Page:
The argument of whether anime characters LOOK white or Japanese has been going on forever now. And the debate never seems to an end, no matter HOW far each side takes it.
Putting all the irrational bullsh*t and agenda-driven comments aside, there is some good points on both ends of the stick.
But as with every argument or debate….
There are two sides to the same story
I’ve written about this before, so I’m not new to this topic.
In my first article: I talked about the MYTH of anime characters looking white. Mostly to supremacists and some white people who think the world shines out their rear-end.
And to a degree – a small portion of fans in general.
I explained in that article that I “understand” why people believe this. I’m black. So naturally if I see a brown character, bias will kick in and “claim” that character looks like me, and IS like me.
We all do it to an extent, because that’s how we relate to the characters and even understand them.
I also mentioned how anime characters are inherently Japanese, and most Americans, courtesy of bias, will find “blonde” characters to prove their arguments (even though there are examples of Japanese looking characters to destroy the argument).
But there’s another side to the story that has “truth” to it
And that’s the side I’m gonna address in this post. Highlighting the dark truth of why anime characters don’t look Japanese.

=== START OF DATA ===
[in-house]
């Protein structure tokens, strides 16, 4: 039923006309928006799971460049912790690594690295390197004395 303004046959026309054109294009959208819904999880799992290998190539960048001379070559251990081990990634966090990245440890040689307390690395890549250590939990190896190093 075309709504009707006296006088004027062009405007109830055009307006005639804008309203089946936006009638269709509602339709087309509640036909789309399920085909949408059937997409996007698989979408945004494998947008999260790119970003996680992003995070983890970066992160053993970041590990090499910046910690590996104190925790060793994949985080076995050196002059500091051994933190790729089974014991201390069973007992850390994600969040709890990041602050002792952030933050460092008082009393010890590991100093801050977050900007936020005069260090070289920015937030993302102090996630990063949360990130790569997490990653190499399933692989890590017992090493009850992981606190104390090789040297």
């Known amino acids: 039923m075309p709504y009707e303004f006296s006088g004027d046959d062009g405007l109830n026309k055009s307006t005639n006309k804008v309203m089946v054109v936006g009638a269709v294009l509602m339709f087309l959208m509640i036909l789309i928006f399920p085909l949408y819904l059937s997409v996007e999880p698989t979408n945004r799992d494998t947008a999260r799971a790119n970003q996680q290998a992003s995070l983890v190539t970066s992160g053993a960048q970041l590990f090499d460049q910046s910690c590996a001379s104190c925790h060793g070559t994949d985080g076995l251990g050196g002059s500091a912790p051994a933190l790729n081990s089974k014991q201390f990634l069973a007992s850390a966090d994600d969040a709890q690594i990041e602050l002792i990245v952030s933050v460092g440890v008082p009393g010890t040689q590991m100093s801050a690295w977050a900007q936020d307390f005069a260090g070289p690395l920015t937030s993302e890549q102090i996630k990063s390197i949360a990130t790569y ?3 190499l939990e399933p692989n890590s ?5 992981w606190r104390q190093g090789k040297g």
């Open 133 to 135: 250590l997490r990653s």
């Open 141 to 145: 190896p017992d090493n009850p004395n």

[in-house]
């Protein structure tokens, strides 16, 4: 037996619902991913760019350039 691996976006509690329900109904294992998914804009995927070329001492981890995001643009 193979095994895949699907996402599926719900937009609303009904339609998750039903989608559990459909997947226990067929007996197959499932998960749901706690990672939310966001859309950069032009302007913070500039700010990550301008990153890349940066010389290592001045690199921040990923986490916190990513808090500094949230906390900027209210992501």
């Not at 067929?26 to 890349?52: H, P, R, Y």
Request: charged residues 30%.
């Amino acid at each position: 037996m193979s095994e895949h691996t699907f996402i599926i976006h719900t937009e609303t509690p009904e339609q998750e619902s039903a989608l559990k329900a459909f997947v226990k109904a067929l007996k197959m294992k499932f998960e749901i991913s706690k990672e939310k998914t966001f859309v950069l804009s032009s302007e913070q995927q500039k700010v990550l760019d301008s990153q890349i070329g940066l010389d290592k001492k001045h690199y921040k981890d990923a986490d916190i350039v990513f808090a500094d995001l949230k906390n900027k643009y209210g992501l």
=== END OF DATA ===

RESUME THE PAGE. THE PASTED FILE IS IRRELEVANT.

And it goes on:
And everything connected to that in Asian and Japanese culture.
Let’s get to it.
1. Self-hatred in Asian culture (not just Japan)
The things I’m gonna get into aren’t covered by ANYBODY in the anime industry. And that’s because it’s an uncomfortable truth.
So what am I implying when I say “self hatred”, you might ask…
Take the image above as an example. It’s a comparison of a Chinese woman who went through “surgery” to make her eyes more “Caucasian”. Because she hates the way her eyes look.
THIS is the kind of comments that drove her to do it:
“There is the infamous story of Julie Chen in the 90s, the Chinese-American television personality who underwent double eyelid surgery after her boss said she’d never make it as a top news anchor because her eyes made her look “disinterested”. And because she was Chinese.”
Source: Eye Lid Surgery
I mention this because it’s a common thing in Asian culture.
Now let’s get into Japanese culture itself.
This article from Business Insider highlights some disturbing facts about Japan.
“Japan and other Asian countries accounted for more than a fifth of the 1.3 million eyelid procedures performed worldwide.
The trend has grown steadily over the past decade, and it’s led some experts to claim that Asian patients are using the procedure, known formally as blepharoplasty, as a way to turn the Asian “monolid” into the double eyelid of Europeans.”
The article THEN says:
“They want a Caucasian-looking eyelid with a fold or a crease of the upper eyelid, as opposed to the classic Asian lid which doesn’t have what we call a tarsal crease.”
THIS is what I mean by “self hatred” in Japanese and Asian culture
As far as things stand, only a small percentage of Japanese or Asians are having these kinds of surgeries to make themselves look “white” or westernized.